Vice President Joe Biden has unveiled a new federal database of all cancer clinical trials underway in the U.S. and in 192 countries as part of his “Cancer Moonshot” initiative.
In an op-ed for Time.com, Biden said the new Trials.Cancer.gov database is designed to make sure cancer patients have the most comprehensive information available about the latest research into promising experimental therapies.
“Friday, as part of the ‘Cancer Moonshot’ that President [Barack] Obama asked me to lead, we’re announcing new steps to help cancer patients and their doctors search for and find the right clinical trial,” Biden said.
“We asked our country’s Presidential Innovation Fellows — some of the brightest technology minds in the world — to partner with the National Cancer Institute to design a new, patient-friendly search system for clinical trials that would be as easy to use as a travel site. The result is Trials.Cancer.gov, an easy-to-search database that contains detailed information on thousands of cancer trials.”
In conjunction with the online project, the U.S. Food and Drug Administration bringing together clinical researchers to design “smarter, more efficient trials for patients,” Biden said.
In addition, the U.S. Department of Health and Human Services is stepping up efforts to ensure that important information about clinical trials is shared with the public, and impose penalties for failing to report and share information.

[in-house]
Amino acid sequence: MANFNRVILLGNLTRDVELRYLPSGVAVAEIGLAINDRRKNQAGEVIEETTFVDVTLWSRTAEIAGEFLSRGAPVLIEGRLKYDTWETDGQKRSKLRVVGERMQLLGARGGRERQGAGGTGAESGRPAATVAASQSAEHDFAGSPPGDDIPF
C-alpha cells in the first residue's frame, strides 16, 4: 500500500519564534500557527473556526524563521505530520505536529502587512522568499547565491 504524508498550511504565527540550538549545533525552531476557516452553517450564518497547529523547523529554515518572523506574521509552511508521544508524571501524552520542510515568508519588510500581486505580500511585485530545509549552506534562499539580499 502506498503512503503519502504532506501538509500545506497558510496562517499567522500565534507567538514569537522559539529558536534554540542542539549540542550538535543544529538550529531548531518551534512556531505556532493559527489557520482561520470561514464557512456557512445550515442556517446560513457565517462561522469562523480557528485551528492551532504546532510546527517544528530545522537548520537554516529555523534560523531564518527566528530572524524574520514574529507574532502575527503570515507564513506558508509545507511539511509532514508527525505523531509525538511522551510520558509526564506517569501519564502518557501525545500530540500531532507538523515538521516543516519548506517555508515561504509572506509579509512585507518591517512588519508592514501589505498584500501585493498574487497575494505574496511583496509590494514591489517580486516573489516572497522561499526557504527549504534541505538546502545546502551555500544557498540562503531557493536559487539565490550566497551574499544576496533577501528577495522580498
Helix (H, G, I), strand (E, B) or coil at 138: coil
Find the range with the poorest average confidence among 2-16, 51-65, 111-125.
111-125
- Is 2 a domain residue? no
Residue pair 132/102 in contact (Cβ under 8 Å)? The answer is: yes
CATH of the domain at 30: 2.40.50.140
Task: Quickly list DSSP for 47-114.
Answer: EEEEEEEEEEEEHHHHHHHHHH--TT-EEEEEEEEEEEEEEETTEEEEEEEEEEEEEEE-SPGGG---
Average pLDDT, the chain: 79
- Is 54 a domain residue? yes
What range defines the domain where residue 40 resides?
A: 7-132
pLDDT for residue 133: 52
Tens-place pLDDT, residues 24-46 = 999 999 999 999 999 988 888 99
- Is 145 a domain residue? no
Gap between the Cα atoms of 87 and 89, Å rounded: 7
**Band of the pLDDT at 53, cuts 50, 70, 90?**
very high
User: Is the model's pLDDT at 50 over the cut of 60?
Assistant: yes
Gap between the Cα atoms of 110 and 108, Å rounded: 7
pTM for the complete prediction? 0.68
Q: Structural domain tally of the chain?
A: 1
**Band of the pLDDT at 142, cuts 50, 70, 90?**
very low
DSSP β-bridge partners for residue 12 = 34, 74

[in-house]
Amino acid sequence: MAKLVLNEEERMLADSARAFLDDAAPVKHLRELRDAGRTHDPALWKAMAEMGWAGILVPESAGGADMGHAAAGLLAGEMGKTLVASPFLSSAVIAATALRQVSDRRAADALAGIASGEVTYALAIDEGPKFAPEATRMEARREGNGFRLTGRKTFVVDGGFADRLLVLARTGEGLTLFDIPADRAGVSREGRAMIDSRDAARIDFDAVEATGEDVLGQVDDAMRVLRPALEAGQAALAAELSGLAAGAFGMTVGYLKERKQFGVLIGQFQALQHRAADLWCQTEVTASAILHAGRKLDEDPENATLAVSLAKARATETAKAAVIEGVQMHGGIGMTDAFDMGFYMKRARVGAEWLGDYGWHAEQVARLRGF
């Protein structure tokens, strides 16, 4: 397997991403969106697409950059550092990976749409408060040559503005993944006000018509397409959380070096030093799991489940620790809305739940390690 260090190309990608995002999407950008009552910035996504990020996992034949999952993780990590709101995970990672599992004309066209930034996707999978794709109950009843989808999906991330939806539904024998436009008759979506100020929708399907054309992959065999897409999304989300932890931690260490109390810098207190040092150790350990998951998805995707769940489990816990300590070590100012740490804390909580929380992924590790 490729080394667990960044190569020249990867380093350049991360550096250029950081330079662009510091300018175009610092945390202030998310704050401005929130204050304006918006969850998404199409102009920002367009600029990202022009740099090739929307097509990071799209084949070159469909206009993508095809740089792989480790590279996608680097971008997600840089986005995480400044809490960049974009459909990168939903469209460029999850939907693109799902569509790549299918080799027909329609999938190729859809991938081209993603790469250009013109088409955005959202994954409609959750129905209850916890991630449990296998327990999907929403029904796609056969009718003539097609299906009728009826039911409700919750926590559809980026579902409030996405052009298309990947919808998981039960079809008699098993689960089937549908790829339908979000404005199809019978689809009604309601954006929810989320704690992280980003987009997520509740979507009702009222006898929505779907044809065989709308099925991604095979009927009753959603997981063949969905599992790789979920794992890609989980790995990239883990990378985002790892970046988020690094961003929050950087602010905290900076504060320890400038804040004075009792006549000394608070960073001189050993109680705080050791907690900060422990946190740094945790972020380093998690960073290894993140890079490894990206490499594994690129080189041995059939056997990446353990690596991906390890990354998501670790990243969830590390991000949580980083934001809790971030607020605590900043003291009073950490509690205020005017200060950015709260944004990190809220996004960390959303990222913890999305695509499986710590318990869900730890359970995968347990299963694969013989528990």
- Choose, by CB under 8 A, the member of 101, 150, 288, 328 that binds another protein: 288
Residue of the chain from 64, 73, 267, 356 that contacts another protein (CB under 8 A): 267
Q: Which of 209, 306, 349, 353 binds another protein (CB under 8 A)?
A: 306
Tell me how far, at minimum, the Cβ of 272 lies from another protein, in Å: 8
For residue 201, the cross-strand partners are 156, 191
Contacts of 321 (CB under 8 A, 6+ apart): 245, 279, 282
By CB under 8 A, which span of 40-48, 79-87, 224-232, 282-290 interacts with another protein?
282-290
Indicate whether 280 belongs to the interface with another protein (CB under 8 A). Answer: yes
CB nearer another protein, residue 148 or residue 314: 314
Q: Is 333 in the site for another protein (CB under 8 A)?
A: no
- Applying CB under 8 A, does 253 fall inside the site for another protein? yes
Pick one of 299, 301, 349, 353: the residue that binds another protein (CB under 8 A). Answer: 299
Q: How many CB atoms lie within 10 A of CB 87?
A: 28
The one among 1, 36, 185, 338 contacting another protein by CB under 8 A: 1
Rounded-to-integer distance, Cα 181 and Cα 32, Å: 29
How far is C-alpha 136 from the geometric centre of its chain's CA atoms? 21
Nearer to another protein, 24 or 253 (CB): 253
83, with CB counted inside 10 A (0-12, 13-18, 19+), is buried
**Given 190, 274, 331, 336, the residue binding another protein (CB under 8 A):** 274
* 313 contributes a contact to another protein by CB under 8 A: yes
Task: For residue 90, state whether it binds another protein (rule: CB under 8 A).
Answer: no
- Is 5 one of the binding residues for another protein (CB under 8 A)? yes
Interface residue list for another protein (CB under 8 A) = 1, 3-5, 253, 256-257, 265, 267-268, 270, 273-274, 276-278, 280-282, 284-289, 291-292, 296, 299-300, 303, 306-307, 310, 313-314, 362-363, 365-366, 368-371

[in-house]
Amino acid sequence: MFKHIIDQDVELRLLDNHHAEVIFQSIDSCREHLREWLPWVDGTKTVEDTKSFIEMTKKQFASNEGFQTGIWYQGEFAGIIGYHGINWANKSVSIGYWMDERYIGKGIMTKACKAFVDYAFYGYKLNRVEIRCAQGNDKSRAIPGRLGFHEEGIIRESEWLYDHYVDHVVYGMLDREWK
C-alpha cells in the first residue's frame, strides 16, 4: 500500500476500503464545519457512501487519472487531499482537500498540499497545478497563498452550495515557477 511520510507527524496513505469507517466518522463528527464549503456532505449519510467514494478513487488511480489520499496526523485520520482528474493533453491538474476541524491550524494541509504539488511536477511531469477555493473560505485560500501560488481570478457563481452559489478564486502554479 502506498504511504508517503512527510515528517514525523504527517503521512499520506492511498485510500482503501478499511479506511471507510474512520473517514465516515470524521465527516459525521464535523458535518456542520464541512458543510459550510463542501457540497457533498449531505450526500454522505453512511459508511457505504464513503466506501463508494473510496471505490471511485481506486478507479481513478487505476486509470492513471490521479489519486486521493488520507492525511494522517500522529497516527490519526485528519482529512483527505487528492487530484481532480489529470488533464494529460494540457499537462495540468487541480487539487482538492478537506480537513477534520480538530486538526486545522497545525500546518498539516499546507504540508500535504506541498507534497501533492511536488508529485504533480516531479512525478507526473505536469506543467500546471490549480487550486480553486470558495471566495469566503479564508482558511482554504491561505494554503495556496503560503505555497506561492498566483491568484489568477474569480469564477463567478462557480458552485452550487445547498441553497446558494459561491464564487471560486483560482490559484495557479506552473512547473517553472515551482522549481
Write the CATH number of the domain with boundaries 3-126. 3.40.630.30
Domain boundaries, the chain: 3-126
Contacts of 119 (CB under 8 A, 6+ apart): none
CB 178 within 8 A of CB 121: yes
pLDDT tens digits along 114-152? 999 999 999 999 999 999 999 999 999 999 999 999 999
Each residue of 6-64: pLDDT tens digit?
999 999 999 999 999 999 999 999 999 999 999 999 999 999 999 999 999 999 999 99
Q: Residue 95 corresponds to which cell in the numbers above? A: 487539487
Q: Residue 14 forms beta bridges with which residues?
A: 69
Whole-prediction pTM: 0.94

“Clinical trials are essential for developing new and more effective cancer diagnostics and treatments,” Biden added. “Every cancer treatment used today required a clinical trial in order to be approved. But right now, less than 5 percent of cancer patients enroll in a clinical trial, often because patients and doctors don’t know what trials are available.
“We can do better — and we are.”
The new database allows patients to search this site using common words — rather than medical jargon — to find a list of trials that could be right for them or their loved ones.
Biden said the underlying data could be used by app developers and patient groups to create tailored resources for patients.
The Cancer Moonshot initiative, announced last year, aims to identify new diagnostic procedures, treatments, and cures for the nation’s No. 2 killer (behind heart disease).
“It won’t be easy. But we can do this — for the loved ones we’ve lost and for the ones we can save,” Biden said. “So that the patient in the room, who hears the dreaded diagnosis, can know that there is hope.”
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